When the freedom of expression is replaced by hate speech
Everyone writes, comments, criticises and analyses – politicians, sympathisers, idlers. They are well “versed” in everything, from politics through the media to football.
“I was killed by a word too strong”, B. Miljković
Where is the limit of the border of freedom of speech, and where does the hate speech begins – are the issues the profession, but also listeners, readers, and spectators testify to daily. Yet, the transition and various understandings of democracy have justified numerous individuals to increasingly destroy the borders of freedom of speech entering the space of hate speech.
THE CONSTITUTION OF MONTENEGRO
Everyone shall have the right to freedom of expression by speech, writing, picture or in some other manner. The right to freedom of expression may be limited only by the right of others to dignity, reputation and honour and if it threatens public morality or the security of Montenegro.
Montenegrin society is very divided today regarding numerous issues, from religious, through identity issues to national and political. It is an opportunity for individuals to manifest in the media, most often on social networks, hate speech that is on the rise.
In the latest report of the European Commission for Montenegro, it is stated that incidents on an ethnic and religious basis, as well as hate speech, are constantly growing! The European Commission states that Montenegro must take additional efforts to limit the effects of misinformation, internet harassment and hate speech, ensuring that such measures do not limit the freedom of expression.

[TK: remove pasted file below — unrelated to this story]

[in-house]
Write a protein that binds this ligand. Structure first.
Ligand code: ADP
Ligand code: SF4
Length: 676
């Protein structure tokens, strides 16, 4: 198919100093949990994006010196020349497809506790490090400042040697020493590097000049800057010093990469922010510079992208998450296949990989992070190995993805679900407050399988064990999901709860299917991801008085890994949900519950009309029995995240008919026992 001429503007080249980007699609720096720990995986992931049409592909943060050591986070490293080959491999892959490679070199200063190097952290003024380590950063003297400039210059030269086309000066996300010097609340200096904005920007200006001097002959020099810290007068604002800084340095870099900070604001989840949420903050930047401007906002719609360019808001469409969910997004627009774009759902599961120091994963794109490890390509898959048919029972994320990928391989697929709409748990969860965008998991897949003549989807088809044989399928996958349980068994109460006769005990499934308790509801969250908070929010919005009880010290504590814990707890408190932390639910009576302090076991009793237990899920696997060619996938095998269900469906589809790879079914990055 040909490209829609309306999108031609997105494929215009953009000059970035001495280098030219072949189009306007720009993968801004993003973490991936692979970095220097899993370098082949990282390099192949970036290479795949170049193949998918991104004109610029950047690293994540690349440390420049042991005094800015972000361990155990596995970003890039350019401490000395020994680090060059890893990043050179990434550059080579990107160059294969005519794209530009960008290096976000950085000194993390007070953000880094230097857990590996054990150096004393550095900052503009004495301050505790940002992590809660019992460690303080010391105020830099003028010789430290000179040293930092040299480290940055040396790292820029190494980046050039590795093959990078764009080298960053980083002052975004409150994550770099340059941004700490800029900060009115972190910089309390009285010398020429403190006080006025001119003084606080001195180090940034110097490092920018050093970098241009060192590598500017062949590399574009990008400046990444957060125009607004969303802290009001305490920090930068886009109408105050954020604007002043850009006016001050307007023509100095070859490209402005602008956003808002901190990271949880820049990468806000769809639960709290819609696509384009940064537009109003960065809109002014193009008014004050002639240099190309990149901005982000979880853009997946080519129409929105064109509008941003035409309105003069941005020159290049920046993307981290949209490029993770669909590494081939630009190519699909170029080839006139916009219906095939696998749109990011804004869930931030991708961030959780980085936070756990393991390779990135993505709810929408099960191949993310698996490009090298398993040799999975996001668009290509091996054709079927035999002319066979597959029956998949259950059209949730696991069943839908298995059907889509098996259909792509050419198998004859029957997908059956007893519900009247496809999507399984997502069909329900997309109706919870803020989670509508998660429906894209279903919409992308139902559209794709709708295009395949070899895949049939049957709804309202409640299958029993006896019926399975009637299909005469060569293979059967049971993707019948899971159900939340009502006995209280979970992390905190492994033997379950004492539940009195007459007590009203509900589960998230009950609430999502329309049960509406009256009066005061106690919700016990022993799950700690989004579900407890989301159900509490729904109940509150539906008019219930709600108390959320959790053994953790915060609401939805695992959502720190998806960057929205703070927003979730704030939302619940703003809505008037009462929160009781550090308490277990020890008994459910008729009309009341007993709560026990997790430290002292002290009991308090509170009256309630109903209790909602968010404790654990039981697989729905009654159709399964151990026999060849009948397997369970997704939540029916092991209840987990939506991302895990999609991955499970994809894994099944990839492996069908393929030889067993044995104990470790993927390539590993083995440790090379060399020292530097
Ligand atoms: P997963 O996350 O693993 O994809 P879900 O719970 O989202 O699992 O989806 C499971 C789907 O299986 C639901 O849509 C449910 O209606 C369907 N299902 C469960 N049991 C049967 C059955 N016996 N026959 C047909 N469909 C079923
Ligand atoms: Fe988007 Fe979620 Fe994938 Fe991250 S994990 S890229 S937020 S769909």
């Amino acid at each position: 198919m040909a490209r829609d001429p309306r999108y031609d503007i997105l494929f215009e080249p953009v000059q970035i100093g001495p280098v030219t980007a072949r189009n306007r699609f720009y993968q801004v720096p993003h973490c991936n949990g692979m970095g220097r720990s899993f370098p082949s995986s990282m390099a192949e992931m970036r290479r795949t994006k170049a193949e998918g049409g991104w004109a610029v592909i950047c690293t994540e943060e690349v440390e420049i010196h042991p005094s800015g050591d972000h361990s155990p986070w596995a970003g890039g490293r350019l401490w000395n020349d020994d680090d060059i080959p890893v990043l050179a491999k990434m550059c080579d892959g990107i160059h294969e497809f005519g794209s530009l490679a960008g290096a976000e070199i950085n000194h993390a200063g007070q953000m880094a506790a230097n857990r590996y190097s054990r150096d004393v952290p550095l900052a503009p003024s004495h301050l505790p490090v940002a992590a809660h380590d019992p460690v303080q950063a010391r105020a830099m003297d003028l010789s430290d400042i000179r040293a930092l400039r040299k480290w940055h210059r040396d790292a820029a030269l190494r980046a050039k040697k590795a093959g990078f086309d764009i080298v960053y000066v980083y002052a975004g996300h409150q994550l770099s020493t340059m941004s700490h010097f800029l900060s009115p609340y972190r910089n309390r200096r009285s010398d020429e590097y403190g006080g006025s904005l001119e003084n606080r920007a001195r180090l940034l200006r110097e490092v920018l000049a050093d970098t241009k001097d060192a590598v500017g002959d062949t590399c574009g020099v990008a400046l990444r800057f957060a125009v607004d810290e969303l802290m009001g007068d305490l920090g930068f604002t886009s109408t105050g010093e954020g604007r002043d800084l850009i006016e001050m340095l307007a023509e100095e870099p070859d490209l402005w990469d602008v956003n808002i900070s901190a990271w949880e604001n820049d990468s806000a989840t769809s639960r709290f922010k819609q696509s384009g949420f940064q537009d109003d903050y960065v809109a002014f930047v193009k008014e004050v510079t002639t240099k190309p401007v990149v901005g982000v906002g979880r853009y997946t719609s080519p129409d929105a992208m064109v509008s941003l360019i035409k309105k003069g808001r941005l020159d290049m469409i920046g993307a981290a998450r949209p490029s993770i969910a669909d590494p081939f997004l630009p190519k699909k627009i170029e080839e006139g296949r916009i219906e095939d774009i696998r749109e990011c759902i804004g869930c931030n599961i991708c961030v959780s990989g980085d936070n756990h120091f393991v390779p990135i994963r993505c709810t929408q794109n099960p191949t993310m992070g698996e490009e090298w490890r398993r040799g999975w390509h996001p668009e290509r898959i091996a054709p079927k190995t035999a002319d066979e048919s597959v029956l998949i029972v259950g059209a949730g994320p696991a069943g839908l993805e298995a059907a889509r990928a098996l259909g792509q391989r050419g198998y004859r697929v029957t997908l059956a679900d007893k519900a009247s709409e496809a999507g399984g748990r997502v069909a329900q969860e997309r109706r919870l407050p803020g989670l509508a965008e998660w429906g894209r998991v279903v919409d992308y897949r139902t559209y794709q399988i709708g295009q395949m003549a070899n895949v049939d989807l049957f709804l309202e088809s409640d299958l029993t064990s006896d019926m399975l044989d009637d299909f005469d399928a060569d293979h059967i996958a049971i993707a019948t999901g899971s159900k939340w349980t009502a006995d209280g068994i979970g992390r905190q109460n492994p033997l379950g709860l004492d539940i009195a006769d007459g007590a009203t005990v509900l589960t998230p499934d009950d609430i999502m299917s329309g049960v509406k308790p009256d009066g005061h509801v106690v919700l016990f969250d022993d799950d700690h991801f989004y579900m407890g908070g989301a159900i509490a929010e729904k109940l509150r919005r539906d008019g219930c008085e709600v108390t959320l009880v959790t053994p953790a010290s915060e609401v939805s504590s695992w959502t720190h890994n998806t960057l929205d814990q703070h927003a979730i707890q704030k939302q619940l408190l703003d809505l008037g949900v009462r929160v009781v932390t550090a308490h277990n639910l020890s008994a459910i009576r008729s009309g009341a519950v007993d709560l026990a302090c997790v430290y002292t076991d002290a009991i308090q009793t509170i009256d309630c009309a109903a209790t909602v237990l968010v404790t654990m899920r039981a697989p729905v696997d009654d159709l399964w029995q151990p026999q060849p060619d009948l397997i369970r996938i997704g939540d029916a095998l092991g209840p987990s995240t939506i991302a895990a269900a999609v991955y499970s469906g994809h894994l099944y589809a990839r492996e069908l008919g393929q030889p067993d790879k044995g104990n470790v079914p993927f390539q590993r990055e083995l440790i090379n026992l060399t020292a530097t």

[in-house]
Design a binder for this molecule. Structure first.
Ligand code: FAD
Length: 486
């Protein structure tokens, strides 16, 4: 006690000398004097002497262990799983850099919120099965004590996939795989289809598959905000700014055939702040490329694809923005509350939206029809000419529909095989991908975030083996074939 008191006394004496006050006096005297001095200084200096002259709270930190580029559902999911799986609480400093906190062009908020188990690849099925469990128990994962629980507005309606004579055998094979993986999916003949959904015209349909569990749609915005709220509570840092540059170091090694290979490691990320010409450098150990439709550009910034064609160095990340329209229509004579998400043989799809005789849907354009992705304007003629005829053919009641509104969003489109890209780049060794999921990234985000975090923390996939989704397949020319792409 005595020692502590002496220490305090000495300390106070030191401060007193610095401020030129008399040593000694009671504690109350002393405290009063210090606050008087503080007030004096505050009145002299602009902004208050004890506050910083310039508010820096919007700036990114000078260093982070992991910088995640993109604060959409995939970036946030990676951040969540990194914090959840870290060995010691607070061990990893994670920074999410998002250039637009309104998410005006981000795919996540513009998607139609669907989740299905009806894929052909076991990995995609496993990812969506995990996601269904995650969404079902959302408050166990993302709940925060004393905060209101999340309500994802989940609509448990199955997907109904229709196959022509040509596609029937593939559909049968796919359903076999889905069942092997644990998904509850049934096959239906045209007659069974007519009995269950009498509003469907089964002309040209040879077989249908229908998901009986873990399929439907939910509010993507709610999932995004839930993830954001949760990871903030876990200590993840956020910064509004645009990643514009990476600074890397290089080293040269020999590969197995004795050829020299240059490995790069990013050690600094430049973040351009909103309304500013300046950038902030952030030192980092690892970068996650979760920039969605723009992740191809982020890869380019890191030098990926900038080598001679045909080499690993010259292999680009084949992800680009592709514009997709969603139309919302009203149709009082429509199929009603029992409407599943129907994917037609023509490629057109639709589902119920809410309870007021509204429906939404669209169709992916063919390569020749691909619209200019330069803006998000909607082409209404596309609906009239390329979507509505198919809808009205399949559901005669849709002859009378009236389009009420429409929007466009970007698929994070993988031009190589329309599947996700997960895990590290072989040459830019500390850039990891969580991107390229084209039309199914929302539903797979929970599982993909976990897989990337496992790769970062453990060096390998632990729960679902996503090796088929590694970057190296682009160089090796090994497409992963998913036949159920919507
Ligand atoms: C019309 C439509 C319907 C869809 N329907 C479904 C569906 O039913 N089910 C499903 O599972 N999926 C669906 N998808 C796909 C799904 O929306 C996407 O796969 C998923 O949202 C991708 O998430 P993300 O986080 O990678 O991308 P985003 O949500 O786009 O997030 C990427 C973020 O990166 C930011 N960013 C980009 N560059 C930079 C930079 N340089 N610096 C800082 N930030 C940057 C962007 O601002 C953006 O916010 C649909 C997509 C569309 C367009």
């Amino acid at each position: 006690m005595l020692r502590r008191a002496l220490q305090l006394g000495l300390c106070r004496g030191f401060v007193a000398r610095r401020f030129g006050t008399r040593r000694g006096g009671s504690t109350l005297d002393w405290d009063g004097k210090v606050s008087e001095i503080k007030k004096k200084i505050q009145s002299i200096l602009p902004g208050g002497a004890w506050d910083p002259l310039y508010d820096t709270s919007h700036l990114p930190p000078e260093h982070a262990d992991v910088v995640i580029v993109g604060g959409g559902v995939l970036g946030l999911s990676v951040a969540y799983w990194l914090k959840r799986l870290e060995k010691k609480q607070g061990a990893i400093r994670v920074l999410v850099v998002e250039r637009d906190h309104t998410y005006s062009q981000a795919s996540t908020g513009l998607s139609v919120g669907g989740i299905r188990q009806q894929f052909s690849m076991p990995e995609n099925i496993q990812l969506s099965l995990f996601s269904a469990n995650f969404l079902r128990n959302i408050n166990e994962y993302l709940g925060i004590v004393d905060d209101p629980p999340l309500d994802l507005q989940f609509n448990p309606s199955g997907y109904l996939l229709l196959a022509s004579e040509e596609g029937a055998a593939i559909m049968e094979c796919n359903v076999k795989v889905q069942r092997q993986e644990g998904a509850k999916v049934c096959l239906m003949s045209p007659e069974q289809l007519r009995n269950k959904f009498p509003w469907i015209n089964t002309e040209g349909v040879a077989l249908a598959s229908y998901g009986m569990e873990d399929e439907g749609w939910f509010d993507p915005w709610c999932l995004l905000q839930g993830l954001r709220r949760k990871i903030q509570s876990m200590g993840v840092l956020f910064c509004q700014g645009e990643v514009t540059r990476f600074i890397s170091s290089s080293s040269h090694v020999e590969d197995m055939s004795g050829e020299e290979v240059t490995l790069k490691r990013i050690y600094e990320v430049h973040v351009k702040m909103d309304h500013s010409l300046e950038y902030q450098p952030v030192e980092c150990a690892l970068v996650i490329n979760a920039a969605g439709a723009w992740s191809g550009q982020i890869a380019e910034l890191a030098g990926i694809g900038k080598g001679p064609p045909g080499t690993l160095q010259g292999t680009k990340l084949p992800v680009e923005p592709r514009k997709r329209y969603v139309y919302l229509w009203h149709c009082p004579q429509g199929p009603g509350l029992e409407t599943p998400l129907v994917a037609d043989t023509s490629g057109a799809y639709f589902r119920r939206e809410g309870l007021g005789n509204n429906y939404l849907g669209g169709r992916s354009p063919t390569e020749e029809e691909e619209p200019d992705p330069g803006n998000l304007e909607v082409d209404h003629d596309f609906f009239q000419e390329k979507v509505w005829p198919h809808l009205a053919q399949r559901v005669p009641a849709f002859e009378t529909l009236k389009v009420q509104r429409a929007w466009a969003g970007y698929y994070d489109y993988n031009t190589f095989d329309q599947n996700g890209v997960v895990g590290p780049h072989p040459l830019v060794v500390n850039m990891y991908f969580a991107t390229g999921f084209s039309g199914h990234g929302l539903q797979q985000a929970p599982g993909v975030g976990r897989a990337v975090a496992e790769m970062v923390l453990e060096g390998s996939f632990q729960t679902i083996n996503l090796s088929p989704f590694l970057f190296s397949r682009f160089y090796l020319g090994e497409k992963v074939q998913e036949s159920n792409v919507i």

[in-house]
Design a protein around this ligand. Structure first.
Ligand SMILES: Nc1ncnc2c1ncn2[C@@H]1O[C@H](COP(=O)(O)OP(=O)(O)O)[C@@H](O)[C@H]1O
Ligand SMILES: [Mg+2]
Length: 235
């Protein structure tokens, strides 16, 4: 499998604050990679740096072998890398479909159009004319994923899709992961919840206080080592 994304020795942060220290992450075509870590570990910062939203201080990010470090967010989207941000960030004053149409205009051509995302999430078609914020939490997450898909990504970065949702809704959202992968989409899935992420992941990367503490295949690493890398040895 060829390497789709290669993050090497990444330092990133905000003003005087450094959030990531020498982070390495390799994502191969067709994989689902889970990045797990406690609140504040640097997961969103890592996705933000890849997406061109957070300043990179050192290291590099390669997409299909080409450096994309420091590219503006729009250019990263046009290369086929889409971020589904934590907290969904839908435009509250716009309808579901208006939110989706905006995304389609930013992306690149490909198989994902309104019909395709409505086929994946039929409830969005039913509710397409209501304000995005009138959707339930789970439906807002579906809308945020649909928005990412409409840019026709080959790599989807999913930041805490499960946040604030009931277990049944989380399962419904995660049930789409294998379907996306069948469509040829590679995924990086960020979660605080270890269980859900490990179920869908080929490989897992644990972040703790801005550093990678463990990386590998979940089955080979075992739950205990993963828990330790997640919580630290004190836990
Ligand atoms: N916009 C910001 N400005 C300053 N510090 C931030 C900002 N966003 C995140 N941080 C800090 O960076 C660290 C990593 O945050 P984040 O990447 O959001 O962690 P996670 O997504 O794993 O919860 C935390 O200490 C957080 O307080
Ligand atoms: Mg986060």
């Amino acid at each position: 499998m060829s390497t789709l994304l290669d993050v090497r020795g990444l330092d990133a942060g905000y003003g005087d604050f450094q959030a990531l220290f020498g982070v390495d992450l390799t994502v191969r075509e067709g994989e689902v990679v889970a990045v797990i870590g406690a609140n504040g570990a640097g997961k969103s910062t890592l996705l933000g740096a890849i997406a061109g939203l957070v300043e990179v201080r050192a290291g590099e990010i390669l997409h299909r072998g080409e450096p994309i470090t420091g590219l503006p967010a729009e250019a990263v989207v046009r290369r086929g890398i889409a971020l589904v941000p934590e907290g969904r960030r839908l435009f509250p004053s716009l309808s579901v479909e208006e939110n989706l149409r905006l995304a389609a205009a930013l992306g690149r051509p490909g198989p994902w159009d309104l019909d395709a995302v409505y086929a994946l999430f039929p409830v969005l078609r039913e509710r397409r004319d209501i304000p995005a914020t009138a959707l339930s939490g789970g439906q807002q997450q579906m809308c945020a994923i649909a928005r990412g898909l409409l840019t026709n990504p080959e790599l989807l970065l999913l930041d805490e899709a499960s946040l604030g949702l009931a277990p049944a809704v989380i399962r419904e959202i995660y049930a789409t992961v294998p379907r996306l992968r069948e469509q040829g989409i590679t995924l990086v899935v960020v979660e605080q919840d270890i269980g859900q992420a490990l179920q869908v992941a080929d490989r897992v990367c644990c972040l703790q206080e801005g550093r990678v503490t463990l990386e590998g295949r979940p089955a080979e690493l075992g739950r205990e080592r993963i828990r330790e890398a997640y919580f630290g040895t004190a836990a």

Are the normative frameworks good enough to sanction, and are those who do that adequately punished? Although legal norms exist, they are not, as perceived in public, adhered to in the expected measure. Those more malicious, or perhaps more realistic, would say that regulations are often (half)dead letter.
In Montenegro, the oral word used to put people under obligation. It was respected better than today’s written laws. It was enough to promise, swear, give the word, or besa (*given word or solemn promise). Today, the situation is significantly different. A word not only lost its “weight”, but it sometimes becomes murderous, much more than Miljković’s “a word too strong”. It is impossible to explain the reason for that in several lines. I believe that the multidisciplinary and, above all, scientific approach is the only one that will answer the question.
Modern media, often guided by the aspiration to share exclusive stories, put simple rules of the journalistic profession in the background. The desire for circulation and greater viewing figures become more often the measure of “success”. In these circumstances, the public service, which must be balanced, accurate, objective, and timely has a particular responsibility. The latest report of the European Commission mentioned at the beginning of the story says that “Public service began presenting more diverse content”. Although the statement does not mean much in Western European countries, it speaks more than words in the Balkans. The fact should become one of the first steps when it comes to professionalising the most responsible among the media - public service, and to be a parametre for fighting hate speech and false news. It will signpost how to affirm media literacy that becomes more and more significant in our area.
Hate speech has almost become a custom, and we must all work to change society’s awareness, primarily through recognising hate speech and then through adequate legal sanctioning. When hate speech is strictly and indispensably punished, there will undoubtedly be fewer such cases in the media and public. Until then, every individual should do everything in their power, which is more than enough, at least to start with!